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Feds will not drop another iPhone encryption case against Apple

While the U.S. government may have succeeded in working around Apple and breaking into the iPhone of one of the San Bernardino shooters, another high-profile encryption case is far from over. The Department of Justice filed papers Friday in New York federal court stating that it will press ahead with its demand that Apple assist in unlocking an iPhone 5s that belonged to an alleged drug dealer.

The Justice Department says the method the FBI used to unlock the iPhone 5c in the San Bernardino case would not work on this phone. They say Apple has the ability to unlock the phone -- which is running an older version of Apple's operating system, iOS 7 -- but is refusing to assist with the investigation.

"The government's application is not moot, and the government continues to require Apple's assistance in accessing the data that it is authorized to search by warrant,'' the prosecutors wrote in a letter to U.S. District Judge Margo Brodie, The Wall Street Journal reported.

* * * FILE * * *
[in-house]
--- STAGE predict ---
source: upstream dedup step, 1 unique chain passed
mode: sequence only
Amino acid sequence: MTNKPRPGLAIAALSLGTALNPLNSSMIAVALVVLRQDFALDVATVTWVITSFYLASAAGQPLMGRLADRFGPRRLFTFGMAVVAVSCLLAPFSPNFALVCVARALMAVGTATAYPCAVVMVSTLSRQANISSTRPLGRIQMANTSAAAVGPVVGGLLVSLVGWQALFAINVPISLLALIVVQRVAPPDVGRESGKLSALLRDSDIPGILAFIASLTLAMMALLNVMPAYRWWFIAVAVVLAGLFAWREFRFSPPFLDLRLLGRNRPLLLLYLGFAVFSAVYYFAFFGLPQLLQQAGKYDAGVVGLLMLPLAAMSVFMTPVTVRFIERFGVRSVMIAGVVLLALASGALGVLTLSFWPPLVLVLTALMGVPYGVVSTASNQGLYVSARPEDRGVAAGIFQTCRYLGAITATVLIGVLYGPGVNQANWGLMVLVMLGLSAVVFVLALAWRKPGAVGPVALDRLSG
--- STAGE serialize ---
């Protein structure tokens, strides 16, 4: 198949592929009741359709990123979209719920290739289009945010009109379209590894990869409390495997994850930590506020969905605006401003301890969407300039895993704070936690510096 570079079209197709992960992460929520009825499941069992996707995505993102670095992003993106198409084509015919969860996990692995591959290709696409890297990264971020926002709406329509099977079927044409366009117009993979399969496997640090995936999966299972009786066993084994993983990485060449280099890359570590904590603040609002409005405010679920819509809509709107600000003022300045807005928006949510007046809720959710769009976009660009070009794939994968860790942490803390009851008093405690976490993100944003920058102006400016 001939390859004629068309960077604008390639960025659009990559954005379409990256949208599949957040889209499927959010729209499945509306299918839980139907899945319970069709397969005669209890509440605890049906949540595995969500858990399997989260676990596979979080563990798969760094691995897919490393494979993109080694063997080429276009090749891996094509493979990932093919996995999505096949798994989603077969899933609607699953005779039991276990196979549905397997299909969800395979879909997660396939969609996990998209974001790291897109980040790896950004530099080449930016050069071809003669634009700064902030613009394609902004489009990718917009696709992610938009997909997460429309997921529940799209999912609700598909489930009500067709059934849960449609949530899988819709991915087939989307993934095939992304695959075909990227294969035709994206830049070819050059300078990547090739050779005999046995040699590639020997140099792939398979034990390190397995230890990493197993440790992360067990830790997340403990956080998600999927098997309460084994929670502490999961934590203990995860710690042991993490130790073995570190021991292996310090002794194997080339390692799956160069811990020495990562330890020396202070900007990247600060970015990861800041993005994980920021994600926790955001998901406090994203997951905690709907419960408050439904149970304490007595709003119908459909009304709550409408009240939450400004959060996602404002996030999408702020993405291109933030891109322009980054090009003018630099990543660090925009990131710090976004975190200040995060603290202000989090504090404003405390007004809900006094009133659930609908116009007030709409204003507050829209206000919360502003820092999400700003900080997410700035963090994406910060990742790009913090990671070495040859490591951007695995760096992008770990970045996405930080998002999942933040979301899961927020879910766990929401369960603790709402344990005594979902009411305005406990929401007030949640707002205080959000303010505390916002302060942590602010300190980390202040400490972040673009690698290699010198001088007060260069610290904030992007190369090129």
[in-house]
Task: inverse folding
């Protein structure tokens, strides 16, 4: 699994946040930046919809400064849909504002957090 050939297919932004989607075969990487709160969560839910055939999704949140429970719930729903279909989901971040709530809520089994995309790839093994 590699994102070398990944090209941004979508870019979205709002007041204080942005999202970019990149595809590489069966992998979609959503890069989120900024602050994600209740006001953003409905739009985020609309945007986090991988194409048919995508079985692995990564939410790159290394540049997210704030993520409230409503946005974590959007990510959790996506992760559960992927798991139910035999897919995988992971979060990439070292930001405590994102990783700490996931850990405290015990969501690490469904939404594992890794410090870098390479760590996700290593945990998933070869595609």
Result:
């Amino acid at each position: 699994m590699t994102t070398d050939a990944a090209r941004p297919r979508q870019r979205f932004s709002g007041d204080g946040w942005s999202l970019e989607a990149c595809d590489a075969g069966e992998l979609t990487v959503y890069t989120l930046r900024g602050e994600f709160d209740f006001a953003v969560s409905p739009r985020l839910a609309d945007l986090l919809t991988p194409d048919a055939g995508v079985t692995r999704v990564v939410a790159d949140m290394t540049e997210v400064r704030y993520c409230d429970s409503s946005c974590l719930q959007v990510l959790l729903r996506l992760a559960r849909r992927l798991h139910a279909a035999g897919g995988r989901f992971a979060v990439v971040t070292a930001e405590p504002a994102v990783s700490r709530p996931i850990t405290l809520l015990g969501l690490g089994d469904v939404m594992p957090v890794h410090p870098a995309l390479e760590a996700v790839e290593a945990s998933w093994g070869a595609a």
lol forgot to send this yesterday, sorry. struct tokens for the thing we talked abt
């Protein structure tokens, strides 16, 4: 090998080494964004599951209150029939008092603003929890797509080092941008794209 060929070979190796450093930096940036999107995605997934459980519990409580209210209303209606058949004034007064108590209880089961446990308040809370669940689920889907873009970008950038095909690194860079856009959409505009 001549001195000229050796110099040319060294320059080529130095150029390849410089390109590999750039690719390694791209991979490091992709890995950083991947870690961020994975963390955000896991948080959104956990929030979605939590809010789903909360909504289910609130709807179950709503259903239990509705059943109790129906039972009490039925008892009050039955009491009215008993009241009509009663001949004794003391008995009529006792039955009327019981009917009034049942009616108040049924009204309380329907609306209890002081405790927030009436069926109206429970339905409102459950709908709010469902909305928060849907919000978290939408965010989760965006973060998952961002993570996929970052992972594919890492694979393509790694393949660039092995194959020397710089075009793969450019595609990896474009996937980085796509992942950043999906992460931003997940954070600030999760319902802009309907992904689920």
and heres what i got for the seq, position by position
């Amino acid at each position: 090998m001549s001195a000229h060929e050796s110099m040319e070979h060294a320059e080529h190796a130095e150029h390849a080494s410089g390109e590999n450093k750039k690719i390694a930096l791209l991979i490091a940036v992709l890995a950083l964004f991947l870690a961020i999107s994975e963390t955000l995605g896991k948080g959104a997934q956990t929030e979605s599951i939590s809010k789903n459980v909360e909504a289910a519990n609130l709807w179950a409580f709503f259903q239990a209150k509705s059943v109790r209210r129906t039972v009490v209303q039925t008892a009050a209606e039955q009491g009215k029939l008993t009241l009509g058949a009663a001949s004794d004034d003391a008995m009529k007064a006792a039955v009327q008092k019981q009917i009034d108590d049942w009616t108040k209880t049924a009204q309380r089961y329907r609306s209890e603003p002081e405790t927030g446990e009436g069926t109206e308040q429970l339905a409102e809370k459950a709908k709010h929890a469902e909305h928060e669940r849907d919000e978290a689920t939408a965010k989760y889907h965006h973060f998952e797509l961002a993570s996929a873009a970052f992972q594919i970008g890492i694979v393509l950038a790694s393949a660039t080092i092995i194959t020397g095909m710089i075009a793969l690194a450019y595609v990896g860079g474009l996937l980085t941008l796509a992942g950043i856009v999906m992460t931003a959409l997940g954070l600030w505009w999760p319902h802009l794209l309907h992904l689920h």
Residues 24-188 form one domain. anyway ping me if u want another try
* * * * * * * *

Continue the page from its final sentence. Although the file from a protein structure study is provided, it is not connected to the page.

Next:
The Brooklyn case revolves around a suspect named Jun Feng, who was charged with possession and distribution of methamphetamine. Feng's iPhone was seized under a search warrant, but investigators have not been able to unlock it.

Unlike the San Bernardino case, New York prosecutors are arguing that unlocking Feng's phone would not require Apple to create any new software. It could use its existing capabilities for unlocking a phone that runs on iOS 7. This differs from the California terrorist's iPhone, which was running on a later version of the operating system, iOS 9, that had more rigorous, built-in encryption.

Apple attorneys said Friday the company will continue to oppose government attempts to extract data from Feng's phone.

Although the government says Apple has assisted with such requests in the past, Apple argued in the Feng case last fall that unlocking the phone would pose too great a burden on the company and would "tarnish the Apple brand," which depends on customers trusting that their data is secure.

Prosecutors are also seeking Apple's assistance unlocking phones in dozens of other cases around the country.

In another development Friday, a U.S. magistrate in Boston unsealed an order she issued February 1 ordering Apple to "assist" the FBI in a gang case there. The order directs Apple to provide "reasonable technical assistance" in "extracting data" from the suspect's iPhone.

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